Another major shortcoming of this bill that was not amended is the fact that it gives the Minister of Immigration additional powers for no good reason. Under Bill C-31, the Minister of Immigration will decide which individuals qualify as regular arrivals and which as irregular. That puts too much power in the minister's hands. Not only does this bill create a two-tier system, it also politicizes it. This part of the bill has been strongly criticized by many experts, including the Barreau du Québec.
The system was working fairly well, but now the Conservatives are trying to exert even more control over it. We must not oppose the politicization of the immigration system just because the Conservatives are the ones in power. No party or politician should have such powers. There is no reason for it, and the Liberal Party has been clear on that.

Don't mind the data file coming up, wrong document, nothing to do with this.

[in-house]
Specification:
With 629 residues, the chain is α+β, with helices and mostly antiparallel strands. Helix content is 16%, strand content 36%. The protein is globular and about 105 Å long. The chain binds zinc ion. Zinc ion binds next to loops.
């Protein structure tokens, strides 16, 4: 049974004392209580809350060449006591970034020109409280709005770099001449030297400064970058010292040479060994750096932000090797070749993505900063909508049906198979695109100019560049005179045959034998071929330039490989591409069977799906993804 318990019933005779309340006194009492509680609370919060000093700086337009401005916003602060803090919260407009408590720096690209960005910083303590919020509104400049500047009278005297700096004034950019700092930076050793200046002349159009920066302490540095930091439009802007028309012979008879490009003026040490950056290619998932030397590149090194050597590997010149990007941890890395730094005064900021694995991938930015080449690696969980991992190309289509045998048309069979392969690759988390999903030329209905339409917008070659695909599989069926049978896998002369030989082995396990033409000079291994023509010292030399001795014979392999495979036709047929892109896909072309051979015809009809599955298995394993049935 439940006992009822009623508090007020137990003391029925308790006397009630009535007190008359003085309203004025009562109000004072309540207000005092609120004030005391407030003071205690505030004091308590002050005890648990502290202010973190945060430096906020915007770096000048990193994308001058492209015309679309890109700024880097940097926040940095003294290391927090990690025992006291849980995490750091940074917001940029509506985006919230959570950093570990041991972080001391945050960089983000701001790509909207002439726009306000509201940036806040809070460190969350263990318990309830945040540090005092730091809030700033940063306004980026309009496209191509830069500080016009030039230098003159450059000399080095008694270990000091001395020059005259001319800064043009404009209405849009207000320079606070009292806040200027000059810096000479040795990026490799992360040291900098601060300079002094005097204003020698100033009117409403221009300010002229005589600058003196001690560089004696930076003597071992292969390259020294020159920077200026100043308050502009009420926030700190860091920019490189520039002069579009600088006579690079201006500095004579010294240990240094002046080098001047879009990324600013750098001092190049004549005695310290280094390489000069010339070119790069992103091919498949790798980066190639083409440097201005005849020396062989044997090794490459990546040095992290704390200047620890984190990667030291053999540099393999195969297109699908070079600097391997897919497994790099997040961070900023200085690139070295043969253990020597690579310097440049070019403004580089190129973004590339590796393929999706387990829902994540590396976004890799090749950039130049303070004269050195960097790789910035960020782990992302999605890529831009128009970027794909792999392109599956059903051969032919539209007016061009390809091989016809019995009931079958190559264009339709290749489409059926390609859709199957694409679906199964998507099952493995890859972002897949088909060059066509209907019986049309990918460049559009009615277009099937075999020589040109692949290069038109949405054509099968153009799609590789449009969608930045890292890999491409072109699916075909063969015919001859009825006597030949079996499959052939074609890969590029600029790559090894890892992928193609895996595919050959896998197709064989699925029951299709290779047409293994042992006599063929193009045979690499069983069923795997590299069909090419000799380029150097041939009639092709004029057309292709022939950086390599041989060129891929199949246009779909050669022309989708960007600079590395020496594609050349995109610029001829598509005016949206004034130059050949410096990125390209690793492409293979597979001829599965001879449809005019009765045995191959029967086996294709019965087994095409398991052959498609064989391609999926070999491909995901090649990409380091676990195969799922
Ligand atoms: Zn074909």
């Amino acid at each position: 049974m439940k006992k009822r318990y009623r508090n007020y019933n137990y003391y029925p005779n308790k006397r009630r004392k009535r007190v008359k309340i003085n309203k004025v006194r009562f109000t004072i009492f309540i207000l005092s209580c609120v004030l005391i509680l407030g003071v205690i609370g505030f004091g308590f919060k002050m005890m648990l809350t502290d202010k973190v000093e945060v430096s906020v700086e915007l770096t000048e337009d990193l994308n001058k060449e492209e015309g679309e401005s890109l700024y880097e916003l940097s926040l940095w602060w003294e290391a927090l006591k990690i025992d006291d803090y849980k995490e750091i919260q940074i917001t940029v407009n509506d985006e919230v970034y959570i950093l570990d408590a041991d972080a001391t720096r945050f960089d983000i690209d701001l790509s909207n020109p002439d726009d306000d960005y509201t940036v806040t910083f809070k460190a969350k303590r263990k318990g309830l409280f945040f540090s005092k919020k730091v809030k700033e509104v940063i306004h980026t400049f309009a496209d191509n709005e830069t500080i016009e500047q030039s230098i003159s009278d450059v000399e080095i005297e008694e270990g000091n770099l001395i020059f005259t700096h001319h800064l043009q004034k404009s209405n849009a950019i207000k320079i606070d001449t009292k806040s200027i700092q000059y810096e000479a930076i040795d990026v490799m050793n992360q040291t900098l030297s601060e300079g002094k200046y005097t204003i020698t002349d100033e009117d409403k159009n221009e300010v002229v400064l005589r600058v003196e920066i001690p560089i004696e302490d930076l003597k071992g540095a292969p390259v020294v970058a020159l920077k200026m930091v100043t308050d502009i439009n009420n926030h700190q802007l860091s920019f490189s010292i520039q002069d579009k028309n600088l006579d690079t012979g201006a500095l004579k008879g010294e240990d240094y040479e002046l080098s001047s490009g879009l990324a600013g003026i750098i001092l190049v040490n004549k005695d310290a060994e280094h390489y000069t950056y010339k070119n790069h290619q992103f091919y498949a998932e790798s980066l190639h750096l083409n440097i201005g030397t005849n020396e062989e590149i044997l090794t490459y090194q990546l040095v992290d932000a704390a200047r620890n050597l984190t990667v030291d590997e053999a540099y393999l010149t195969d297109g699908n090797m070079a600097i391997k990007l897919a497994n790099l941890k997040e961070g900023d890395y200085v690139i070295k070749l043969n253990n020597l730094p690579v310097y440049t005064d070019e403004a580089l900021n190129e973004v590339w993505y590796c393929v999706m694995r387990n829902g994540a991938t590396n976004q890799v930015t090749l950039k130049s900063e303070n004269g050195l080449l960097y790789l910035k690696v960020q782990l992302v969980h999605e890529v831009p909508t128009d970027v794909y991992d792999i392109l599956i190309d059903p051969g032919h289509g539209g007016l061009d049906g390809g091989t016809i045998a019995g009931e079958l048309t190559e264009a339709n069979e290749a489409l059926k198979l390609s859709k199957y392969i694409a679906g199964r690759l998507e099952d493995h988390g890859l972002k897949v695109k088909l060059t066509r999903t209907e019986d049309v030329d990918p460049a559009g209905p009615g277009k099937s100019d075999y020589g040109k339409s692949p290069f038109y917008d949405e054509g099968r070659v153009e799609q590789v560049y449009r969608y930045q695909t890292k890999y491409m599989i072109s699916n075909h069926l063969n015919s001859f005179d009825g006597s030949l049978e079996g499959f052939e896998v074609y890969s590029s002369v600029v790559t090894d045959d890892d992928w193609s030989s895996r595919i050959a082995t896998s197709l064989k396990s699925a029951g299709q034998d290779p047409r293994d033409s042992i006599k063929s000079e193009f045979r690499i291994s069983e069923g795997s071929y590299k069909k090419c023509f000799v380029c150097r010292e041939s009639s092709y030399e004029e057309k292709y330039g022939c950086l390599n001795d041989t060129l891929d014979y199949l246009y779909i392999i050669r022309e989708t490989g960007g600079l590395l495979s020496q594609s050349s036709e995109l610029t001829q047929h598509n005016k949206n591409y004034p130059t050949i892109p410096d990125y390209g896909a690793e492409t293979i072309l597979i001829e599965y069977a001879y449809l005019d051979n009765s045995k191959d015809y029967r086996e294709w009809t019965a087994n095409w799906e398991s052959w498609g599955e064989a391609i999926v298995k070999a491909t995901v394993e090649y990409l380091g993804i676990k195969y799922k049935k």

If for example, a group of individuals arrive from a country that we have good relations with, but the circumstances are such that the safety of the group is indeed compromised, what will the minister do? He might base his decision on the current state of relations with that country instead of basing it on an objective opinion, as some have pointed out in the past and in committee. Will the minister declare these people as irregular arrivals in order to preserve good relations with their country of origin? If we do not have good relations, a different decision might be made that might not suit the people involved. Will the minister acknowledge the threats against them and declare the arrival regular? Why politicize the matter? It is a bad decision regardless of the minister's intentions.